In this study it is evaluated the relative importance that intermediate host length and sex, as well as abundance of definitive hosts (shorebirds) may have on the prevalence and abundance of parasitism by metacercariae (Digenea, Microphallidae) in their second intermediate host: the amphipod Apohyale hirtipalma (Dana, 1852) (Gammaridea). This is a common inhabitant of intertidal pools on the central Chilean coast, where the amphipod Hyale grandicornis has been recorded as harboring microphallid metacercariae (Muñoz 2005), as elsewhere for amphipods (Fredensborg et al. 2004, Martorelli et al. 2004). In addition, it is examined if there is some evidence supporting that parasite induced host mortality occurs in this system (Rousset et al. 1996).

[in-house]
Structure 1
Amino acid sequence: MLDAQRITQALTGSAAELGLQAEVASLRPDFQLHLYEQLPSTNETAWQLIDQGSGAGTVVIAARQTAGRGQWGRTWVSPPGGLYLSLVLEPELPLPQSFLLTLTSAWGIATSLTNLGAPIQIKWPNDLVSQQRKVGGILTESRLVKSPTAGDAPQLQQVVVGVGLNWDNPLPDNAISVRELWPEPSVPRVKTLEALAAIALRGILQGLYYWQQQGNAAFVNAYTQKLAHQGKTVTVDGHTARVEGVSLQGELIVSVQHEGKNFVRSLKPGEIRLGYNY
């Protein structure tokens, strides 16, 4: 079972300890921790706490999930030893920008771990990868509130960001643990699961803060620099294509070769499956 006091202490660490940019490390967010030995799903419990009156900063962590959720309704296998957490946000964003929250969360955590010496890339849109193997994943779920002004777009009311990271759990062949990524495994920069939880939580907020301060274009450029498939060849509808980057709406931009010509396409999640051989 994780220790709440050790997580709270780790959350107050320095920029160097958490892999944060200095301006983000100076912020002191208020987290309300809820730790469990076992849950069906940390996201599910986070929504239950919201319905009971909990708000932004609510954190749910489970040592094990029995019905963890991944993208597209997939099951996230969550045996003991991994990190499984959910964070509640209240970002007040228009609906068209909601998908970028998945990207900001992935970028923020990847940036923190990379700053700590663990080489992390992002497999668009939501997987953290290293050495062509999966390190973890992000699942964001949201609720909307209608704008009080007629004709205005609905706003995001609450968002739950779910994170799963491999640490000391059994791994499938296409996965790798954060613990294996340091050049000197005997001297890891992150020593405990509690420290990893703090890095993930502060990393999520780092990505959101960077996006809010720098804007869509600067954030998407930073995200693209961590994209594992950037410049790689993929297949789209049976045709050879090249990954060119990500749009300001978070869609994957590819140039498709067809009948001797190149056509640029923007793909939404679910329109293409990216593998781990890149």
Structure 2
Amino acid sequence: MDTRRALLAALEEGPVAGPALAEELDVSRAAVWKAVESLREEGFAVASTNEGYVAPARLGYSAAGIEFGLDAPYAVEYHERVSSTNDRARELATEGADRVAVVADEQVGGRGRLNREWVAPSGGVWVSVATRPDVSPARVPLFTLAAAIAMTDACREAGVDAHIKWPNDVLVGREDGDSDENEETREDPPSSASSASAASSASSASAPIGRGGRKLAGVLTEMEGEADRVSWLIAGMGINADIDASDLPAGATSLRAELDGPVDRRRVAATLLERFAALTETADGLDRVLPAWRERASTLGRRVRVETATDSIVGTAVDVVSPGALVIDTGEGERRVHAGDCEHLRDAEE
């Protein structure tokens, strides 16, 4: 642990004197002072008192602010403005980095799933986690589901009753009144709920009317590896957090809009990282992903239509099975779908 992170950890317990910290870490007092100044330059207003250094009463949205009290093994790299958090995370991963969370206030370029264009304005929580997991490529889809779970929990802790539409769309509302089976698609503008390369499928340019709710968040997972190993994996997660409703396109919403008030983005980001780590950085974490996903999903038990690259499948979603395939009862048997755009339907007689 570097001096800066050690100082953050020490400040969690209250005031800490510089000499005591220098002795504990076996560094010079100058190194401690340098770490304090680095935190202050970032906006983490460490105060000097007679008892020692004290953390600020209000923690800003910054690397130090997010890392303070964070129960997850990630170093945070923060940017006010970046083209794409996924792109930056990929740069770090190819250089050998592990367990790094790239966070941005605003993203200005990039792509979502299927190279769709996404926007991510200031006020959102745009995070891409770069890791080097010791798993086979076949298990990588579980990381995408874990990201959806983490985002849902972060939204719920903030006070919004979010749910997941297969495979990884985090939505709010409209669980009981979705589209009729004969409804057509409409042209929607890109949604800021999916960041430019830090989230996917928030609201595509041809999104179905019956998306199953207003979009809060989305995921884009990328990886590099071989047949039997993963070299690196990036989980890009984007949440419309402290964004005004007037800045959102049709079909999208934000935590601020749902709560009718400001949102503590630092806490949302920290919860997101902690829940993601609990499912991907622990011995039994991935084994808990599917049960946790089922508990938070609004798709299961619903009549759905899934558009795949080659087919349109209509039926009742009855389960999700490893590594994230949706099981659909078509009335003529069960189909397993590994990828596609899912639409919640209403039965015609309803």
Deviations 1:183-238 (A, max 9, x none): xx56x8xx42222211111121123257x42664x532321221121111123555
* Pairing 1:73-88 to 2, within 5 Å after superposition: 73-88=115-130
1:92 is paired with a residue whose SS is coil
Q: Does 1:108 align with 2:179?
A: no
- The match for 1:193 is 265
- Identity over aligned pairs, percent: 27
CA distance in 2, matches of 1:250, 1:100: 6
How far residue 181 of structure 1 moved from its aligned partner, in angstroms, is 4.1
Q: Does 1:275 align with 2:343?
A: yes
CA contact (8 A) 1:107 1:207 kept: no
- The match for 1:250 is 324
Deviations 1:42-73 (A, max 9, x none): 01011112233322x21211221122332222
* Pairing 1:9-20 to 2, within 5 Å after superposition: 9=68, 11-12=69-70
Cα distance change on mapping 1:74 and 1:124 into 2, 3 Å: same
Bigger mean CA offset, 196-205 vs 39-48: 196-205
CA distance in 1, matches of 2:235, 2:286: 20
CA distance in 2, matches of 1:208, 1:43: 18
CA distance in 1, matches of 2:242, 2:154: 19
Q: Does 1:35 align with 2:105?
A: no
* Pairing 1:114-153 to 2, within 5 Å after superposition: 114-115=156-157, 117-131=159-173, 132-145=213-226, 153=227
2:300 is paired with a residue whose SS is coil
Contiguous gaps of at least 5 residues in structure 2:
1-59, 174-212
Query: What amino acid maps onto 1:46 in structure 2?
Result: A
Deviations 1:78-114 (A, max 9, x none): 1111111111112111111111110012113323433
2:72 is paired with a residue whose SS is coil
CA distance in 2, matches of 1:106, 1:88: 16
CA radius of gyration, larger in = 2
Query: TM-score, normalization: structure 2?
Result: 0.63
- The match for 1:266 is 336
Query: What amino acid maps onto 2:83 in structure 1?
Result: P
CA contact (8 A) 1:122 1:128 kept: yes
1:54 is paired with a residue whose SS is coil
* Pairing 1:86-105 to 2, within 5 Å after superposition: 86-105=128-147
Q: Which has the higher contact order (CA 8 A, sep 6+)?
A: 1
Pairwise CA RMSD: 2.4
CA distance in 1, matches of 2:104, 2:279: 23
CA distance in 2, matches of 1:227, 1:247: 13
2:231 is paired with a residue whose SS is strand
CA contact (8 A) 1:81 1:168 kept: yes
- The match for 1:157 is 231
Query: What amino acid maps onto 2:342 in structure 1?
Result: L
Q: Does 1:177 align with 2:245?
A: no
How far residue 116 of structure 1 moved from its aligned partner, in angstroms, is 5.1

The study was carried out in 4 locations repeatedly visited before sampling to know the abundance of birds and amphipods in rocky tide pools, and finally selected to represent a gradient in the abundance of gulls (Laridae) in the Biobío region, Chile. There were 2 kinds of locations: those having large permanent and resident flocks and others with ephemeral small groups. The sampling localities in visually decreasing order of shorebird abundance were Maule (36º59'52''S; 73º11'18''W), Lirquén (36°42'22''S; 72°58'37'56''W), Cocholgüe (36°36'30''S; 72°58'46''W) and Coliumo (36°31'26''S; 72°58'4''W). After selection of sampling locations, the abundance of seagulls in each location was estimated twice per day during 3 consecutive days, in 4 dates between December 2013 and January 2014, by direct counting (expressed as the number of sightings in a 4 h observation period) or by counting on photographs taken at regular intervals of 2 h during daylight. The bird sample group included the combined abundance of 2 species of Larus present at the study sites, i.e., Larus dominicanus (Lichtenstein, 1823) and L. pipixcan (Wagler, 1831). In all, we gathered 6 quantitative assessments of bird abundance for each location.